Jim Huebner
21 September, 2021

There seems to be a common theme in many of our client meetings so far this year.

Cutting Costs vs. Adding Value

I understand and support the mentality behind constantly evaluating where costs can be reduced. I really do. When things are tight around our office, one of the first things I check is whether or not there are any SaaS subscriptions we’re not using. Plain and simple, when you’re trying to improve margins, the default plan of attack is to cut costs.

That said, we’ve had a number of discussions that have led to engaging talks about the benefits of adding value to products over simply cutting costs. One particular meeting was with a client who visited our office. He told us of a strategy they’d been using that has dramatically changed their business. He said a few years ago, “They discontinued the weekly cost-cutting meetings we were having, and turned these meetings into discussions about where we could add value to the product itself or add value to the brand.” These meetings have led them to a product line that is significantly higher priced, differentiated, and valued by their core consumers. And yes, they also see much higher profit margins than their competitors.

Hearing this, I was reminded of a McKinsey study (see graphic at the start of this post) conducted a number of years ago which proved the legitimacy of this strategy.

Basically, the study found that a 1% change, either by decreasing fixed or variable costs, or by increasing revenue, didn’t have nearly the impact on the bottom line as did a price increase of 1%. Specifically, if you could raise your price by one percentage point due to either maximizing the value that already exists or raising the perceived value through strategic marketing, you would realize significantly more profit than by cutting costs or even increasing revenue.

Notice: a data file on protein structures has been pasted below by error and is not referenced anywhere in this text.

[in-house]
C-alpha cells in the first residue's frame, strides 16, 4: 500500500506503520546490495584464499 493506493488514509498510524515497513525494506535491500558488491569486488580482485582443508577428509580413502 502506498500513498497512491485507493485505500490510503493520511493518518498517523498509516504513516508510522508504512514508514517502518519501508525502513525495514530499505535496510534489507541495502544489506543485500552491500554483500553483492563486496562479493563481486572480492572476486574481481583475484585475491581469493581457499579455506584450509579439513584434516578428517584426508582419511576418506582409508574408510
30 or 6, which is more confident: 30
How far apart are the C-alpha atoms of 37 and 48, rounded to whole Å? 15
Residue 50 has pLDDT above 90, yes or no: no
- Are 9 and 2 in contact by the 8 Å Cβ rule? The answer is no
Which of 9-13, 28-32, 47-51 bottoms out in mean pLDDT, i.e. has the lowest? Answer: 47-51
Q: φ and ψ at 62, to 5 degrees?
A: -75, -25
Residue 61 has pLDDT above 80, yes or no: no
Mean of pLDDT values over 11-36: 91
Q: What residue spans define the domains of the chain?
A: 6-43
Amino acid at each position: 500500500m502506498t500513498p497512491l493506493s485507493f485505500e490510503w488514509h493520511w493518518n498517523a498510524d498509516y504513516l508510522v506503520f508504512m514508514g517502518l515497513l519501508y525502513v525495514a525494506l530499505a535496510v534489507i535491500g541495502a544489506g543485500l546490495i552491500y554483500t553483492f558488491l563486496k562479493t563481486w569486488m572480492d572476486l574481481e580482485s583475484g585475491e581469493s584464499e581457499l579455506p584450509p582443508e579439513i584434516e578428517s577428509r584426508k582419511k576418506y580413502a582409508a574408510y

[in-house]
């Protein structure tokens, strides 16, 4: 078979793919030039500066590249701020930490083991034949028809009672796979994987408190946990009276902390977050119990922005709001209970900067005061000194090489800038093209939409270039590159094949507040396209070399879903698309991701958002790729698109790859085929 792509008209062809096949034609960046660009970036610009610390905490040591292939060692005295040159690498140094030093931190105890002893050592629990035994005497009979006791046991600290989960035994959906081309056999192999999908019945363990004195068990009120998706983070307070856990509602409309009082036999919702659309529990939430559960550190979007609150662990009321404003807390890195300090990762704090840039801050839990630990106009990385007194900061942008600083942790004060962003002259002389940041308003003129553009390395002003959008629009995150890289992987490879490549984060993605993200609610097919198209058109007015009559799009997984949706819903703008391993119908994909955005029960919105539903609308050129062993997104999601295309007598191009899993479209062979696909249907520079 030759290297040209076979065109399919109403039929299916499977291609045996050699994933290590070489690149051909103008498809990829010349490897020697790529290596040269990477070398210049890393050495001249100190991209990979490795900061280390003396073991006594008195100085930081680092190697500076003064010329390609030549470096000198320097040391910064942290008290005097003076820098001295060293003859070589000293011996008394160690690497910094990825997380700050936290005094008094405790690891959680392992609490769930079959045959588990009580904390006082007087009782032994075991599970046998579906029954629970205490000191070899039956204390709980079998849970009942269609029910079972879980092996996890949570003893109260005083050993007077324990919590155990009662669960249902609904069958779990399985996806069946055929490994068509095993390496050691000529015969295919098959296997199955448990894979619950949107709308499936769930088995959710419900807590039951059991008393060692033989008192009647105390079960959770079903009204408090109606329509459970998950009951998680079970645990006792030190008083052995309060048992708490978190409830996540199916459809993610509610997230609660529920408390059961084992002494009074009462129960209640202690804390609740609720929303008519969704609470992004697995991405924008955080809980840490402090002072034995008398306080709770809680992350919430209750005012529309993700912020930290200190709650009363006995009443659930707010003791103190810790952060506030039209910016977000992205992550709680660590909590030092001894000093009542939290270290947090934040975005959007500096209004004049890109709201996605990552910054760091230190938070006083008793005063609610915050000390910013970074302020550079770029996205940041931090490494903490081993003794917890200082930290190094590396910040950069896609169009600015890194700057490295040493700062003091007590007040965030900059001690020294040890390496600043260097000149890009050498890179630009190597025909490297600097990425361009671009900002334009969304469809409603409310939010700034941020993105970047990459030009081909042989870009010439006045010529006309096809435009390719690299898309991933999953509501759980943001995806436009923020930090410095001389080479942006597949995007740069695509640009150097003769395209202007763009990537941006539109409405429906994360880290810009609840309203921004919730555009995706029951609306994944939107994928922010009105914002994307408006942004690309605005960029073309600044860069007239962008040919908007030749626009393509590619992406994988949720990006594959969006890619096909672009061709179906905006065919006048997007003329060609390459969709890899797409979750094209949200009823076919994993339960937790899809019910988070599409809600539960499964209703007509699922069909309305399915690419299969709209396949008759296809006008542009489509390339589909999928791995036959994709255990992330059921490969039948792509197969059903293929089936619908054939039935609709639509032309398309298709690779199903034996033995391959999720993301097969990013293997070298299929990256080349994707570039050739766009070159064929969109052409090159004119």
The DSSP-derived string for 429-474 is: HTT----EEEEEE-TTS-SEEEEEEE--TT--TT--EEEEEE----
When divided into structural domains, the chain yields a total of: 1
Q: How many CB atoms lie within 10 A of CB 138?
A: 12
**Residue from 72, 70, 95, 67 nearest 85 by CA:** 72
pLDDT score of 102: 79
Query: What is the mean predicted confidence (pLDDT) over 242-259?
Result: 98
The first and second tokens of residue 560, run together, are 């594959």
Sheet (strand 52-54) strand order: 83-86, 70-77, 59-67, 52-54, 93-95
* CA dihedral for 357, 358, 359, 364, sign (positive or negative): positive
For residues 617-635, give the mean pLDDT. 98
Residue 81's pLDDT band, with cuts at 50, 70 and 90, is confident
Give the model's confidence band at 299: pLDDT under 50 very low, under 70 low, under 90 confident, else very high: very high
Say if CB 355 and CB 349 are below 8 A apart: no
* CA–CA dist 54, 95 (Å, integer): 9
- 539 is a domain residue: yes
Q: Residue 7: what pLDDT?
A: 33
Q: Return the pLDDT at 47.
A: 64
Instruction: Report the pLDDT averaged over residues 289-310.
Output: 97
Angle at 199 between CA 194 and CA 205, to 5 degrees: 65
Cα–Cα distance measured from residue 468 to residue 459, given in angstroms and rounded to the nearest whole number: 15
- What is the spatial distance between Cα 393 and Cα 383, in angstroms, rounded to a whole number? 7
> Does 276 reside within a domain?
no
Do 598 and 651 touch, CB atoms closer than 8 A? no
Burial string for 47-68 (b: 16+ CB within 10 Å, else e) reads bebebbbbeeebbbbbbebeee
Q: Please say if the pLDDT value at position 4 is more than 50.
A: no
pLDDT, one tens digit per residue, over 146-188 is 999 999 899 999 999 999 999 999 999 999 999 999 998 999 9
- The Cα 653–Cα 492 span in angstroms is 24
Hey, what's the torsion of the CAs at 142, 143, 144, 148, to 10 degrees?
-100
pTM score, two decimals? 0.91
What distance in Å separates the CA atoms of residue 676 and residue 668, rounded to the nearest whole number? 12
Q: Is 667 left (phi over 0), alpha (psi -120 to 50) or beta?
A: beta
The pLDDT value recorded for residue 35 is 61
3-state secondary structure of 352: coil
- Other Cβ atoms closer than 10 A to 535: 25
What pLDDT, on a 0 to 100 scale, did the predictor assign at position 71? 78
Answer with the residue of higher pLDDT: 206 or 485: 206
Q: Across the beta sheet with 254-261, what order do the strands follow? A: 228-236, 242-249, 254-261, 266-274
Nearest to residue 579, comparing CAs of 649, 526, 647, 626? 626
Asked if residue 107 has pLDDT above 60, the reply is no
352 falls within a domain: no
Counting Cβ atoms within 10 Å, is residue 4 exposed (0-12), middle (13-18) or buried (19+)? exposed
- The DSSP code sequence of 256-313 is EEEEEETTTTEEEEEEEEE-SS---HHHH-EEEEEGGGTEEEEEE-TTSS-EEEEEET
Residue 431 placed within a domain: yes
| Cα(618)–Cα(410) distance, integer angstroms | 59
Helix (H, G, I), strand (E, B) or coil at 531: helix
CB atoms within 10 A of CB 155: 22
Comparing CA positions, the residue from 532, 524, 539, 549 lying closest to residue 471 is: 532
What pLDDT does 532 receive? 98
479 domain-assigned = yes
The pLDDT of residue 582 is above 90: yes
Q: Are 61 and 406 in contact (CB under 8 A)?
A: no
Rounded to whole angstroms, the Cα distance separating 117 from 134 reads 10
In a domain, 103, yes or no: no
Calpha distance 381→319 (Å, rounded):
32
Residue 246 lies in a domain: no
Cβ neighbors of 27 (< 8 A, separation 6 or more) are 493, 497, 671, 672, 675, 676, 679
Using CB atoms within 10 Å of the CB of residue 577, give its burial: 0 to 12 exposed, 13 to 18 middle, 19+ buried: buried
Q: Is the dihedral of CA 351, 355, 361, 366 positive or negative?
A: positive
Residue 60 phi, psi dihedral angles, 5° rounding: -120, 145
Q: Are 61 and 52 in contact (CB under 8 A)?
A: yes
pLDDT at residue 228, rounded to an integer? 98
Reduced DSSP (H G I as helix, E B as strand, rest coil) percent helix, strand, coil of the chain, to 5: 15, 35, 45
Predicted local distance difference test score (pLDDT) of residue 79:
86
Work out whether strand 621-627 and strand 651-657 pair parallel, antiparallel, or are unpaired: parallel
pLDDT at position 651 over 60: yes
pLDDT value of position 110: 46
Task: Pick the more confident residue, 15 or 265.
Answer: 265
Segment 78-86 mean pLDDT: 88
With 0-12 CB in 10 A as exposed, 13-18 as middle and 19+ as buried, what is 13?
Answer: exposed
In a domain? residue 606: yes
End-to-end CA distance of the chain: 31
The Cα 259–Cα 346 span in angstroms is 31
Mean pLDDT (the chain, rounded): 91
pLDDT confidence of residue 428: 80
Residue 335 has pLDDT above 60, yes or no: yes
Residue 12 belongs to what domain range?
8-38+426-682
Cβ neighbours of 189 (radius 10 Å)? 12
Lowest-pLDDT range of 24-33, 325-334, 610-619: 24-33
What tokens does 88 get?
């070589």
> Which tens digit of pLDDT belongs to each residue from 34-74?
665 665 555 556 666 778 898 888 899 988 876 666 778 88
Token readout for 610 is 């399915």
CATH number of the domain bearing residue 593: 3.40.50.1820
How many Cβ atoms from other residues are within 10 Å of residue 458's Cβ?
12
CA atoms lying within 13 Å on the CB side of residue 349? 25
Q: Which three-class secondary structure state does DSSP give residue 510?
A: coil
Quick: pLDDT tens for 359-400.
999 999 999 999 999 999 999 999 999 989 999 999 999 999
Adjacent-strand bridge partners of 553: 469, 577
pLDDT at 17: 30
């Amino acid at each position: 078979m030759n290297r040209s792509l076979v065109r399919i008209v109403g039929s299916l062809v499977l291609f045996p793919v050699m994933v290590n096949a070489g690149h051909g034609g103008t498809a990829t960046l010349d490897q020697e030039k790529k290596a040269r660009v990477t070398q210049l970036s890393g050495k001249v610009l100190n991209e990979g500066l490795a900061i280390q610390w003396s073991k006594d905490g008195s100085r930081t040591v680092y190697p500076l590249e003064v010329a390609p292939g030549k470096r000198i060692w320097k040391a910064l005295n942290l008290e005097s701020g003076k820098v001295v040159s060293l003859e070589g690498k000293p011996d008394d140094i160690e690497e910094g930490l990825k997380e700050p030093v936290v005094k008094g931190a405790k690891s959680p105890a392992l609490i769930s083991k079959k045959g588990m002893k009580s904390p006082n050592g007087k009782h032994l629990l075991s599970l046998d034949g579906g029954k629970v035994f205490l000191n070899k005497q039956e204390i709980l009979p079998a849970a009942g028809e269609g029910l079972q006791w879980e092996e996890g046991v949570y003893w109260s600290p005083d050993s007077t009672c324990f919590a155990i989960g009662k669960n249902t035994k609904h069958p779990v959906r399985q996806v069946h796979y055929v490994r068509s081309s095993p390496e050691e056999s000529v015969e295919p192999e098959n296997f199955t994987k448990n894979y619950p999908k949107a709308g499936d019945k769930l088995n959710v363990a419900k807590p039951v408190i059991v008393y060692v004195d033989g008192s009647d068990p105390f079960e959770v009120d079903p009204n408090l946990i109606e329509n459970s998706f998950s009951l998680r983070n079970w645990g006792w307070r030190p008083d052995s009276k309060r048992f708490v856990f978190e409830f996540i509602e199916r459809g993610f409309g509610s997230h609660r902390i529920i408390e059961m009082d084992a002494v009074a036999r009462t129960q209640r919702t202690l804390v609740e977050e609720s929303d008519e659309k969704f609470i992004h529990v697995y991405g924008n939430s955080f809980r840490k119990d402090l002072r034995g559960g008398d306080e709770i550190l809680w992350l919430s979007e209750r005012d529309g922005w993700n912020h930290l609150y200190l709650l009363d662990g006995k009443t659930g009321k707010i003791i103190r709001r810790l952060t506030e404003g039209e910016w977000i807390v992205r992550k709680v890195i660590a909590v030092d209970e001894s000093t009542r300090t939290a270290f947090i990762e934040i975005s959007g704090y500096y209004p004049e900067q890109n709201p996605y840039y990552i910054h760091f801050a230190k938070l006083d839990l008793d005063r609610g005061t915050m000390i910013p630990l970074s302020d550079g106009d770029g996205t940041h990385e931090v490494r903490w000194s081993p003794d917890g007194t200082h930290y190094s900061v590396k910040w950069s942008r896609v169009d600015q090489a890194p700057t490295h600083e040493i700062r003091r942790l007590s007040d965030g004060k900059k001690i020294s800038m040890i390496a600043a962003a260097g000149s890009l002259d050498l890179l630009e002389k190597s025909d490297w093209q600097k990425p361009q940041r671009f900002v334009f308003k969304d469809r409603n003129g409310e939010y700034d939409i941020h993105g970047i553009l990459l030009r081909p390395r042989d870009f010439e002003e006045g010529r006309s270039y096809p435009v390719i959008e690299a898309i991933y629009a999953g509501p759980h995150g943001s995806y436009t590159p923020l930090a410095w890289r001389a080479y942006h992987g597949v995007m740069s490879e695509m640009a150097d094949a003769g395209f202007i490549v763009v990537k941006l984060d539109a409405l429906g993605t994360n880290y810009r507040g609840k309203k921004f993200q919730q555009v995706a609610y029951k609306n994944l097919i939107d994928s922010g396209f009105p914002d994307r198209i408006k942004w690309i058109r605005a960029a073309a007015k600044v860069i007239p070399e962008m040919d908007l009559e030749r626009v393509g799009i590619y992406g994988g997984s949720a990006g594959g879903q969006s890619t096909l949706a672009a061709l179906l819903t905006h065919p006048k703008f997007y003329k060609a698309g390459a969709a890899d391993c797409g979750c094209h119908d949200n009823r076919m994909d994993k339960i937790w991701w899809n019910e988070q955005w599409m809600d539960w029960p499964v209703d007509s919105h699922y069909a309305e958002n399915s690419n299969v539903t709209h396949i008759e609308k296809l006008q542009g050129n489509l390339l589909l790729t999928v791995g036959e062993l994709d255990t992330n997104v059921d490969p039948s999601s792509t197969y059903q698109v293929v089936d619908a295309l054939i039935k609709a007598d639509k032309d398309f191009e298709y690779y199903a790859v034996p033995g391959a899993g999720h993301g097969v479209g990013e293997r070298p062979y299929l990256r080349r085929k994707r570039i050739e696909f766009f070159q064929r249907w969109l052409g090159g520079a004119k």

Don’t get me wrong, there will typically need to be some investment in raising perceived value, either through innovations via R&D and/or sheer promotion of the value proposition. However, if your additional “value-add” costs are less than roughly 3.5% of the estimated profit gain, then you’re STILL ahead of any cost-cutting game, and that’s assuming you’re only raising the price by 1%. A larger price increase will allow for even more product value-additions and brand-building opportunities.

That’s probably why another client of ours maintained the following mantra:

We’ll consider anything that improves the value of the product or improves the value of the franchise.

They understood it was this strategy that would separate them from the others and offer heftier bottom lines in the process.

Pricing strategist Ron Baker says,

“The default purpose of marketing is not to increase sales, but to increase profits. And by increasing perceived value, this is exactly what happens.”

So where do you go from here? I’d suggest walking before you run. How? If you find your team holding more discussions about cost-cutting than adding value, then just start by simply balancing those discussions between cost-cutting AND adding value. I guarantee the value discussions will be much more invigorating, and according to McKinsey, they’ll provide a lot more potential for improving the bottom line in the long run.

If it will help, feel free to download our simple cutting costs vs. adding value infographic to guide your thinking and conversations.

Cost Cutting vs Adding Value Inforgraphic